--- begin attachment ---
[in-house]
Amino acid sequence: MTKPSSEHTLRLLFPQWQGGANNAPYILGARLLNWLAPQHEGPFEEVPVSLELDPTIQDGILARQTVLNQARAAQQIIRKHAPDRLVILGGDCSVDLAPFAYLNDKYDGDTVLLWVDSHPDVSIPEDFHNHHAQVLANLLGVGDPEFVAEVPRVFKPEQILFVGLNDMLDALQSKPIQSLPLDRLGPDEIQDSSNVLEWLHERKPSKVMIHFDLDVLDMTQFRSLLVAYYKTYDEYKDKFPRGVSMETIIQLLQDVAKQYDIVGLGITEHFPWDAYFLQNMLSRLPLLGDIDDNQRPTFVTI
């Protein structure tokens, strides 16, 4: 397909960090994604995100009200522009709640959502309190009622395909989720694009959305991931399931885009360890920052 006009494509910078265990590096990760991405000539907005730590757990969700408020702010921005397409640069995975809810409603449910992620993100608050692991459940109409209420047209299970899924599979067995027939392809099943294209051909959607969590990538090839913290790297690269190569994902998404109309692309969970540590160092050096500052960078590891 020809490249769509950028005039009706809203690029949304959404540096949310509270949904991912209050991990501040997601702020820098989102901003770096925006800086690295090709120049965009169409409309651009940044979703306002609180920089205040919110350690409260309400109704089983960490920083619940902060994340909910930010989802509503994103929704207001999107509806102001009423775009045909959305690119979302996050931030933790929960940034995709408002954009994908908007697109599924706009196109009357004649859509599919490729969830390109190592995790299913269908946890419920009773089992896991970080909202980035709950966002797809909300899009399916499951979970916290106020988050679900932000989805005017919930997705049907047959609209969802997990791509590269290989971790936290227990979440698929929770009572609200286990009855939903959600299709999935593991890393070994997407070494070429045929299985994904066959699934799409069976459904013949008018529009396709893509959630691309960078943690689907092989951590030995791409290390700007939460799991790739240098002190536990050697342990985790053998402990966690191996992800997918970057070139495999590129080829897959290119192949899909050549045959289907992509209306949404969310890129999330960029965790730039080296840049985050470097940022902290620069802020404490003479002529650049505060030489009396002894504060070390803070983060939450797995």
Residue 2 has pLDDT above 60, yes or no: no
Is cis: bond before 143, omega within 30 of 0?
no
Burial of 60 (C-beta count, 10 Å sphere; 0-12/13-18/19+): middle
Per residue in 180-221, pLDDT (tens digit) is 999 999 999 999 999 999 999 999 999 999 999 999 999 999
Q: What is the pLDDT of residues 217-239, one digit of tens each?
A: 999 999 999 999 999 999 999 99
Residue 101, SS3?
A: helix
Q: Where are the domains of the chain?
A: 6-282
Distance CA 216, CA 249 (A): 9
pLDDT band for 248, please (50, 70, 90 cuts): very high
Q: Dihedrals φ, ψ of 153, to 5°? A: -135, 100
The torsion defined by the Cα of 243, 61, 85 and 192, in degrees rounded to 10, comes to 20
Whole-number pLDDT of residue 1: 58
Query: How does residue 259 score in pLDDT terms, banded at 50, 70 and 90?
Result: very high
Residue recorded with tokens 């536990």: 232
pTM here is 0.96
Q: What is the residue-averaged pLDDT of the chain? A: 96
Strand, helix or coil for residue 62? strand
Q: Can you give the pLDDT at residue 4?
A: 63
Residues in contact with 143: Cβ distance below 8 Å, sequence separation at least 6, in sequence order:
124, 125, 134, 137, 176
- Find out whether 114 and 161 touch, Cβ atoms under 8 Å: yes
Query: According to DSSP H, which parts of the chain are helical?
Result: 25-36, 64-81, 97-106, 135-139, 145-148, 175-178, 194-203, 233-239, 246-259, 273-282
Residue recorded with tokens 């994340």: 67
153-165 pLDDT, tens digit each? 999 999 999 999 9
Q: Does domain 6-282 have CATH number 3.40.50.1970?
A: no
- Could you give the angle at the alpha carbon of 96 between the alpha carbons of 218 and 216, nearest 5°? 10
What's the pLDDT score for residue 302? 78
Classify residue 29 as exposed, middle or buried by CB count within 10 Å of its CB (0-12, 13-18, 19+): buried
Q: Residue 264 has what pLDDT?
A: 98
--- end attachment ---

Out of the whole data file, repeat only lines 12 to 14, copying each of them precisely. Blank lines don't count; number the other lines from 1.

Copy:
A: helix
Q: Where are the domains of the chain?
A: 6-282